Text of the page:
This column was originally published on Roger Waldron’s blog at The Coalition for Government Procurement and was republished here with permission from the author.
The move to e-commerce solutions envisioned by section 846 of the fiscal year 2018 National Defense Authorization Act (NDAA) represents the most consequential procurement policy change in a generation. As we approach the deadline for the General Services Administration’s (GSA) Phase II report, this week’s blog examines the agency’s unique opportunity to leverage...
The move to e-commerce solutions envisioned by section 846 of the fiscal year 2018 National Defense Authorization Act (NDAA) represents the most consequential procurement policy change in a generation. As we approach the deadline for the General Services Administration’s (GSA) Phase II report, this week’s blog examines the agency’s unique opportunity to leverage e-commerce to increase best value deliverables, foster economic growth and expand federal customers’ access to commercial solutions.
In recent forums, GSA has indicated that the principle value of its multiple award schedules (MAS) program is providing federal customers with ready access to compliant products at “competitive” prices. Indeed, several recent studies confirmed the program’s effectiveness through comparisons with alternative commercial platforms. These studies noted that GSA provides significantly lower pricing and faster, cheaper shipping for its customers than the commercial alternatives to which they are compared. Notwithstanding the many demonstrated benefits of the MAS program, the program’s e-commerce platform GSA Advantage!, does not enjoy favorable reviews for its user interface.
Consequently, the program appears to be hindering GSA from maximizing the potential of the MAS program. By investing in resources and leveraging commercial capabilities to improve the usability of GSA Advantage!, GSA could create a significant opportunity for economic growth and increased access to best-value solutions for federal customers.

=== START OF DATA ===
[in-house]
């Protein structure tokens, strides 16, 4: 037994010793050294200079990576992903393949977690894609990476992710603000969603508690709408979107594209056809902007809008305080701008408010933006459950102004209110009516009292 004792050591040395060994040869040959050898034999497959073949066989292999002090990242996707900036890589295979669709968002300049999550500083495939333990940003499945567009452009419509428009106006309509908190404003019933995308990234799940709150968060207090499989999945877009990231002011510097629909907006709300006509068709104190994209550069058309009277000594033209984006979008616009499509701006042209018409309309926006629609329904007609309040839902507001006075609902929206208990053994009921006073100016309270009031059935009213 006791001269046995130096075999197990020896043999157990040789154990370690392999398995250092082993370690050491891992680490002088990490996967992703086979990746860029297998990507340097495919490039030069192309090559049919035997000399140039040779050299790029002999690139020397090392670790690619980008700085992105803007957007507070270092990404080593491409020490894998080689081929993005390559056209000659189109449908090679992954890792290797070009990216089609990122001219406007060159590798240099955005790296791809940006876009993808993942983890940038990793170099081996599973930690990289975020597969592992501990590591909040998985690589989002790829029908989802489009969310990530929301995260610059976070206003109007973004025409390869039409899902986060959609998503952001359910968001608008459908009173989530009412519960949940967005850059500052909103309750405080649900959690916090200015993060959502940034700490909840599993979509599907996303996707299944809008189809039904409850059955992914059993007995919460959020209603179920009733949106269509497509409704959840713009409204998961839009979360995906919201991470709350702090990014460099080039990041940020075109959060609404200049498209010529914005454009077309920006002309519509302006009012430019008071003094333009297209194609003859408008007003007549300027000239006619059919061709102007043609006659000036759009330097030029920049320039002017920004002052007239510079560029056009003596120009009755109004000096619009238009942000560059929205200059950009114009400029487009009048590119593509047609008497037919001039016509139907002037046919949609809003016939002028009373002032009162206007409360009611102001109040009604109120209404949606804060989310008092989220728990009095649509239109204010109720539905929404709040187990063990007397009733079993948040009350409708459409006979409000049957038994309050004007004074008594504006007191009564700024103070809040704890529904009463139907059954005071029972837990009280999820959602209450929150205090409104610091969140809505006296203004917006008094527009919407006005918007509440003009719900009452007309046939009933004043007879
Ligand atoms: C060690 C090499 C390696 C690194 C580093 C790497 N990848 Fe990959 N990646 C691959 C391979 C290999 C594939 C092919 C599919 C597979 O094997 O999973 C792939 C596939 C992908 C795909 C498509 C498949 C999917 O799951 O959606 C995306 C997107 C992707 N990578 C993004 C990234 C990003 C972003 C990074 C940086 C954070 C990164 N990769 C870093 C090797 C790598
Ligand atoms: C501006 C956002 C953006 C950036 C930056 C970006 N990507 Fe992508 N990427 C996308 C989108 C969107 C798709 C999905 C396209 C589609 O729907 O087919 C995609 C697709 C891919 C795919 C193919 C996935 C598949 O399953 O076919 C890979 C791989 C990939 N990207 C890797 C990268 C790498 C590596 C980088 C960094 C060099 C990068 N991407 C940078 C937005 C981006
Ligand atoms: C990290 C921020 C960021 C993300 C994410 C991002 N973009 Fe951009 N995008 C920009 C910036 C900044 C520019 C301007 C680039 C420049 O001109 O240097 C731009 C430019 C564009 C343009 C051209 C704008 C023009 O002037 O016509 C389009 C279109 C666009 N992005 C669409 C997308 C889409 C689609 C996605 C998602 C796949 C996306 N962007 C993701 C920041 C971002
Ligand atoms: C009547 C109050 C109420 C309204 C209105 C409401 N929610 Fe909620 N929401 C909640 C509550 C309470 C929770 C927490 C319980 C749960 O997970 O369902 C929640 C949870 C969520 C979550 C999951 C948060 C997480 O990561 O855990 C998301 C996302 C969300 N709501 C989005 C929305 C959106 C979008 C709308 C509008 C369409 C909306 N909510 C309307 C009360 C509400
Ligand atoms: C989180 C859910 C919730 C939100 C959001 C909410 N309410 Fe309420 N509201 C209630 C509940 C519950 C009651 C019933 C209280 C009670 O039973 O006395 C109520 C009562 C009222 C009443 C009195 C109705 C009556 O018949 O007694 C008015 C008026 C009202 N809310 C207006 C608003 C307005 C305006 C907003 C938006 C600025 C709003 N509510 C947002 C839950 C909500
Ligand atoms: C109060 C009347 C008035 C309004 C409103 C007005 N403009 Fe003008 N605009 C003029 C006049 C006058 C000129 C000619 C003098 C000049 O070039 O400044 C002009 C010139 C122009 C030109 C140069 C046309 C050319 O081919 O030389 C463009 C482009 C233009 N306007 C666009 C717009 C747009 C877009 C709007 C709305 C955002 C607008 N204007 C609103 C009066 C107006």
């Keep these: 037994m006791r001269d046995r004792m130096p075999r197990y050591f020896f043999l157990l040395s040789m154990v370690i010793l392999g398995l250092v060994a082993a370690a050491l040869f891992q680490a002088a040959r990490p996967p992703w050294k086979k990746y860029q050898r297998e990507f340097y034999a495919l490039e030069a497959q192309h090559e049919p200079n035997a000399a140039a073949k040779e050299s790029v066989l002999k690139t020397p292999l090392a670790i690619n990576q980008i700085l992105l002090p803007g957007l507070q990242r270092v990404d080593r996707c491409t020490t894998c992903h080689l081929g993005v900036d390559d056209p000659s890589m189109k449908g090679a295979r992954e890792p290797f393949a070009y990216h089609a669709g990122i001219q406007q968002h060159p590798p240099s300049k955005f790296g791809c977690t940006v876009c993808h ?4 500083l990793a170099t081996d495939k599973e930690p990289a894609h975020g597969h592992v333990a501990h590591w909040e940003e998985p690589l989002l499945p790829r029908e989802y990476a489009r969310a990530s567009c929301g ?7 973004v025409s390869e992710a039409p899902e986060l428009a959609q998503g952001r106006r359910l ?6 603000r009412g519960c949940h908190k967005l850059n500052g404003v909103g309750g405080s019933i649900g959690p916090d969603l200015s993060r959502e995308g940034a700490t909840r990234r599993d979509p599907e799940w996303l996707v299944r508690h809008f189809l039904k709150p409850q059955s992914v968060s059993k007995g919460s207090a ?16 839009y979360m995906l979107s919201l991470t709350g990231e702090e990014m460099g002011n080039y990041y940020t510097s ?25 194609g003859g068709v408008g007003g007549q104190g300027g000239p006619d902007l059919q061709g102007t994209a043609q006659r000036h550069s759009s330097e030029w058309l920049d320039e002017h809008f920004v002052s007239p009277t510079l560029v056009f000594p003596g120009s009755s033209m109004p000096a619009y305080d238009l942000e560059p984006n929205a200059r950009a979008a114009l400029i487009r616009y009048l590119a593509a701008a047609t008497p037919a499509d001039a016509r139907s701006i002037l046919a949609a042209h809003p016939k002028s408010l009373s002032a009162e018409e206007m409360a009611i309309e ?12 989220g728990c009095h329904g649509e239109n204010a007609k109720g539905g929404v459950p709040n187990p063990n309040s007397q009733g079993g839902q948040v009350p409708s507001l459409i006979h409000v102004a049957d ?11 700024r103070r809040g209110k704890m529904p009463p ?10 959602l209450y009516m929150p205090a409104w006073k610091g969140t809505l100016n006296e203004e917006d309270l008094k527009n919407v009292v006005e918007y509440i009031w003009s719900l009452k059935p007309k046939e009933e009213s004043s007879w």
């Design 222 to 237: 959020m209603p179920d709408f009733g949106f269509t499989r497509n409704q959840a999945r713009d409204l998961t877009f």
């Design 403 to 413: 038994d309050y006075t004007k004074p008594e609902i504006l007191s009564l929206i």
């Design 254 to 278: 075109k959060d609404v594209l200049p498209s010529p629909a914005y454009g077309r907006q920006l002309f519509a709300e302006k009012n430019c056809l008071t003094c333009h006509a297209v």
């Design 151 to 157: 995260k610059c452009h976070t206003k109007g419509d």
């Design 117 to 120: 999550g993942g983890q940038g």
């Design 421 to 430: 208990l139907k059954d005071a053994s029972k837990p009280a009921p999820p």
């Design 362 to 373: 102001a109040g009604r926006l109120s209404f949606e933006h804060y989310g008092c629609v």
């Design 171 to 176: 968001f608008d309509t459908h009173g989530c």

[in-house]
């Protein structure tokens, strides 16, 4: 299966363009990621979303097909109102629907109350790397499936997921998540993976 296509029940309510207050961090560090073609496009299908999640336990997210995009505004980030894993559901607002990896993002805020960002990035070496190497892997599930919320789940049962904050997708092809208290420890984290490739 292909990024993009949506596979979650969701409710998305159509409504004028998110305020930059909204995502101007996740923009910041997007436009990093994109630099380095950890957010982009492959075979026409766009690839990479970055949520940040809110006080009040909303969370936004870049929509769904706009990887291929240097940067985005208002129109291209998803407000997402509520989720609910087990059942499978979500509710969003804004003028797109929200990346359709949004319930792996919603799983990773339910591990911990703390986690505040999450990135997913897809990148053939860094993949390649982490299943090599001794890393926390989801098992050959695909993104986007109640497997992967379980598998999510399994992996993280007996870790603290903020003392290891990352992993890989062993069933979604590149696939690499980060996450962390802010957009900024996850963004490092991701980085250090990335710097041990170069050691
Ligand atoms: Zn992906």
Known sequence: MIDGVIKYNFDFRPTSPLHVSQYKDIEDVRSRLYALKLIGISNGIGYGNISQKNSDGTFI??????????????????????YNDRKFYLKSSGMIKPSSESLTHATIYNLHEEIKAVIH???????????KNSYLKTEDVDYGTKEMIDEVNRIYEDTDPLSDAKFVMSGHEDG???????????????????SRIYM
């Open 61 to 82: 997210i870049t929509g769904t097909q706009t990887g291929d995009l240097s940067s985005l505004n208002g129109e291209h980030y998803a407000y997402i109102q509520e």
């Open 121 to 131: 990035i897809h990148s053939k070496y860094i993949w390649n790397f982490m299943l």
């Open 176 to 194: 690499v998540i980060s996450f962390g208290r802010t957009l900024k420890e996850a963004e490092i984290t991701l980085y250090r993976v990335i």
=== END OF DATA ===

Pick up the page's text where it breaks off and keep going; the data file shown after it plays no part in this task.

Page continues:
Another significant opportunity for GSA to leverage e-commerce would be expansion of the scope of its Section 846 pilot program. As you may recall, in its Phase I report, GSA identified three potential types of e-commerce portal models:
In its recent request for information (RFI), GSA restricted its proposed pilot to only one of these portal provider models, the so-called “e-marketplace model.” According to GSA, the e-marketplace model may offer the portal provider’s proprietary products and products from third-party vendors, or in some cases only the latter. By artificially and unilaterally narrowing the focus of the Section 846 pilot, this approach has generated concerns regarding its consistency with statutory requirements and its impact on competition in the federal market. Moreover, by not fully exploring all commercial e-commerce solutions, GSA risks restricting opportunities for platforms that do not fall within the e-marketplace model.
Specifically, pursuant to Section 846, GSA is responsible for establishing the protocols and rules governing the use of commercial e-commerce platforms. By narrowing its focus to only one model in the commercial market, GSA’s approach raises significant questions about whether the agency can appropriately establish protocols and rules that would accommodate the unique aspects of the commercial e-commerce platforms that are not included within the e-marketplace model.
GSA could create further opportunities by utilizing the terms and conditions of the Section 846 pilot’s contracts to address potential inconsistencies between commercial platforms and federal law and/or policy. For instance, Section 846, as well as Section 838, of the fiscal 2019 NDAA, provide specific protections related to the use of data, including an unequivocal prohibition on portal providers using supplier transaction data for their own competitive purposes. For suppliers, these protections are critically important as this data could yield a significant advantage for any portal provider that also offers its own products within its portal.
In addition, as noted in a prior blog, GSA must understand and address the impact that fees, commissions, or other market-affecting terms and conditions have on the over-arching best interests of the government. Not only do these fees risk negative price impacts, but they also could discourage competition, small business participation and government access to innovative solutions. Moreover, potential inconsistencies between the terms and conditions of portal providers and federal law and/or policy — such as Most Favored Nation (MFN) pricing provisions — risk limiting opportunities by reducing competition, increasing prices and discouraging participation in the federal market for small, medium, and large businesses. Thus, it would be an unfortunate twist if, what began as an effort to increase government access to innovation, resulted in a decrease in such access.
In summary, as we approach the release of the Phase II report, GSA’s community of industry partners will be eagerly watching to see if the agency actually will leverage e-commerce to maximize opportunities for economic growth, best-value deliverables and customer access to e-GSA commercial solutions.
Roger Waldron is the president of the Coalition for Government Procurement, and host of Off the Shelf on Federal News Network.